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Assauledt by partner

Discussion in 'Health and wellbeing' started by rockchick7, Mar 19, 2011.

  1. Please help me because I have noone to turn to. Last night I argued with my partner over the cooking and cleaning or lack of on his part. As often happens he got very angry. I started recording his rant on my phone which I realise was provocative but I wanted evidence of his unreasonable behaviour - maybe I thought if he could hear himself he would learn to control his temper. Anyway he said he was going to take my phone and smash it. He grabbed me and tried to wrestle the phone off me. I tried very hard to stop him and in the end had to beg him not to and plead how sorry I was. He eventually let go of me. I am currently off work at the moment recovering from surgery which in my mind makes it quite brutal. I locked myself in the bathroom but he used tools to undo the lock from the outside. I got in the car to leave but he held the car door preventing me from going. I can not move very fast at the moment so could not shut the door quick enough. My family all live at the other end of the country and I am too ashamed to seek support from my friends. He is very sorry today but says he was angry and provoked. I think he sees it all as less serious than me. I don't know what to do. I feel if I were able to forgive I would be giving the wrong message to my teenage son and should not accept this in anyway. I feel like going to the police to see if they can impress upon him how unacceptable this is but do not know how this would affect my son. He says the police would laugh at me. I just need someone elses perspective on this. Maybe I am over reacting.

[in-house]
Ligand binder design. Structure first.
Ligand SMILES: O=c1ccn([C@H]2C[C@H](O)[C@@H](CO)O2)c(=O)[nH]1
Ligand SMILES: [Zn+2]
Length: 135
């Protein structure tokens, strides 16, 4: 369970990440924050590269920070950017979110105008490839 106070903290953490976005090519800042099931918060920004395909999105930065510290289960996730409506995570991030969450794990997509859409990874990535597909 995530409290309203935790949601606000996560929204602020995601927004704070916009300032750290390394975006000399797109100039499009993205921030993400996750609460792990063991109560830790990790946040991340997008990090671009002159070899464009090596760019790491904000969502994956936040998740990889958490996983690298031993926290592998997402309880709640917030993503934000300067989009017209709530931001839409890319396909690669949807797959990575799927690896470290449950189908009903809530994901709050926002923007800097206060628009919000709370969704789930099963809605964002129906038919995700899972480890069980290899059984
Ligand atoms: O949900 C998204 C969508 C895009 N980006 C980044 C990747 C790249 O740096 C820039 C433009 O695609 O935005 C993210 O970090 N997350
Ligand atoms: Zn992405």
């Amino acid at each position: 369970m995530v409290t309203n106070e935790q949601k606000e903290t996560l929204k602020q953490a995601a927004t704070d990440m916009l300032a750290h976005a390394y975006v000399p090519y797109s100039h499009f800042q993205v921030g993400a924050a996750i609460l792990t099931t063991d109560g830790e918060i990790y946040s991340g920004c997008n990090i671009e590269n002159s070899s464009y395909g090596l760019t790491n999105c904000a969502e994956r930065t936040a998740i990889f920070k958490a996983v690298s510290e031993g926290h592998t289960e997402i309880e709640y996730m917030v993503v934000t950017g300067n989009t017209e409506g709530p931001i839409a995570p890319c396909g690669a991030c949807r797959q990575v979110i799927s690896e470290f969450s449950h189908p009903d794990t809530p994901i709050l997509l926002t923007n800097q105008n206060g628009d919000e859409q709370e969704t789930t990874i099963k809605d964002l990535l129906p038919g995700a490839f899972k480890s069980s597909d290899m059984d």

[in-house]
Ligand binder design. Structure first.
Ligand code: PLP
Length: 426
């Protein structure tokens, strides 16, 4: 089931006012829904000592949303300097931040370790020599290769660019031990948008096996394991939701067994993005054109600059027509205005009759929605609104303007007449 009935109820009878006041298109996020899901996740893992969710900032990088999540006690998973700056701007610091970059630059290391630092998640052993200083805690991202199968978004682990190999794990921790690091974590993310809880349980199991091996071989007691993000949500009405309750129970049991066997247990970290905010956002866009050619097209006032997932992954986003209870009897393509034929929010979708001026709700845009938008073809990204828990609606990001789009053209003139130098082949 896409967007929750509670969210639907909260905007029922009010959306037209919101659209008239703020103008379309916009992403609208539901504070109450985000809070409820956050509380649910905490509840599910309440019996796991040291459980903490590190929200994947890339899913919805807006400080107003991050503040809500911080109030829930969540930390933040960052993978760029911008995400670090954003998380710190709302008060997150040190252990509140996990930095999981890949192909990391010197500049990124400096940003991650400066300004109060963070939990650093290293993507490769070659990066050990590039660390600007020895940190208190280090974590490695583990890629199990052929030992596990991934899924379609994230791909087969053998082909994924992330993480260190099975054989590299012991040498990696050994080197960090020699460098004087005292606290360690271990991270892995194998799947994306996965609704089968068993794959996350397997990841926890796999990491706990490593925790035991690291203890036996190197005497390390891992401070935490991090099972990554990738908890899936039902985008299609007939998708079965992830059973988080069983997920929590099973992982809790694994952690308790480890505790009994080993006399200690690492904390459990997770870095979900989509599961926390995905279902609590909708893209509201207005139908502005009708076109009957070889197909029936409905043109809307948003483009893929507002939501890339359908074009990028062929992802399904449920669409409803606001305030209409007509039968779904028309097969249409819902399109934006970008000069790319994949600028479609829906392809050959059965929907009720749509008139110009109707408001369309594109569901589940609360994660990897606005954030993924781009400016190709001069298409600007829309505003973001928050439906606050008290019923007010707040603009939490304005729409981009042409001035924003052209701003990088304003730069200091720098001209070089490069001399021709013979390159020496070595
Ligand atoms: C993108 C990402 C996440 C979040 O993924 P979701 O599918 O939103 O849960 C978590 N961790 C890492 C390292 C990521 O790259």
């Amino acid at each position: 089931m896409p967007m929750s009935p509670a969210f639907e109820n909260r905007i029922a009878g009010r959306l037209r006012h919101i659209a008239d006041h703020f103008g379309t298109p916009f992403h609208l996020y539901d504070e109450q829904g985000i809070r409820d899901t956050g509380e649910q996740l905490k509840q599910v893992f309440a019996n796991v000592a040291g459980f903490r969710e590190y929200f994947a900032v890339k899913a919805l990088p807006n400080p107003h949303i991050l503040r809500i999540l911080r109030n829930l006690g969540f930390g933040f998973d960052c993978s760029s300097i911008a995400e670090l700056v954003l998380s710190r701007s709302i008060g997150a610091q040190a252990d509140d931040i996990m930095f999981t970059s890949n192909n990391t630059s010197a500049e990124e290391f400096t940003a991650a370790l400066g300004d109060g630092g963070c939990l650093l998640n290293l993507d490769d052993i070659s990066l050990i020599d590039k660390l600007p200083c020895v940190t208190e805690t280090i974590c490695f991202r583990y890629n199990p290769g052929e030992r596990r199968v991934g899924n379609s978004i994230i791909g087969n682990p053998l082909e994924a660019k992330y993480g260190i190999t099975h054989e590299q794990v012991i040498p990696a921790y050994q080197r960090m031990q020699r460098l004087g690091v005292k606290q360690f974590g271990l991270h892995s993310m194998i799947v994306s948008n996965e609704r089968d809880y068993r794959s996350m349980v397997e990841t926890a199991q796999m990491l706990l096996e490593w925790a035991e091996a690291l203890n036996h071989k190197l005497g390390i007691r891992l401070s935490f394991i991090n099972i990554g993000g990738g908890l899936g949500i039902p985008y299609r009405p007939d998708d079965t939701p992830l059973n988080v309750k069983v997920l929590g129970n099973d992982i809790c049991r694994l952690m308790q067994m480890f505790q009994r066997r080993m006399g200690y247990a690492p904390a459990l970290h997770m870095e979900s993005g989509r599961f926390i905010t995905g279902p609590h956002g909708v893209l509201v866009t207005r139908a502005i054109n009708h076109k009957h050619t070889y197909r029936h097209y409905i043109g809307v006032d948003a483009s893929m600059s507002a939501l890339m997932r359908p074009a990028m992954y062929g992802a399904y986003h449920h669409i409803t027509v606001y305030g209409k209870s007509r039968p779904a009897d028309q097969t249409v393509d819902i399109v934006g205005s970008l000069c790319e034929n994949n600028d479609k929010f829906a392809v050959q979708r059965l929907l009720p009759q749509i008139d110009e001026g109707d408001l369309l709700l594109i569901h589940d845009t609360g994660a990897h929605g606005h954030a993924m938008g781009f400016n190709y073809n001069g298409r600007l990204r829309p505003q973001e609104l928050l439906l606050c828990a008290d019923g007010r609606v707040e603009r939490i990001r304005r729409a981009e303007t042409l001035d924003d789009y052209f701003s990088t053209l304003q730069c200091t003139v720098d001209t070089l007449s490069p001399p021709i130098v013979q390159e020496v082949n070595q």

2. Oh no - have just spotted typo in title of thread. I was typing through tears so making mistakes.
     
  3. Don't worry about the mistakes.
    Only you can make the decision to leave and look after yourself. Abusers will always be so 'sorry' the next day and make you feel guilty. It will never be their fault. They will find reasons as to how you made them angry and you provoked them and you are all to blame. It is all part of the control, as is the laughing over people not believing you or taking your seriously.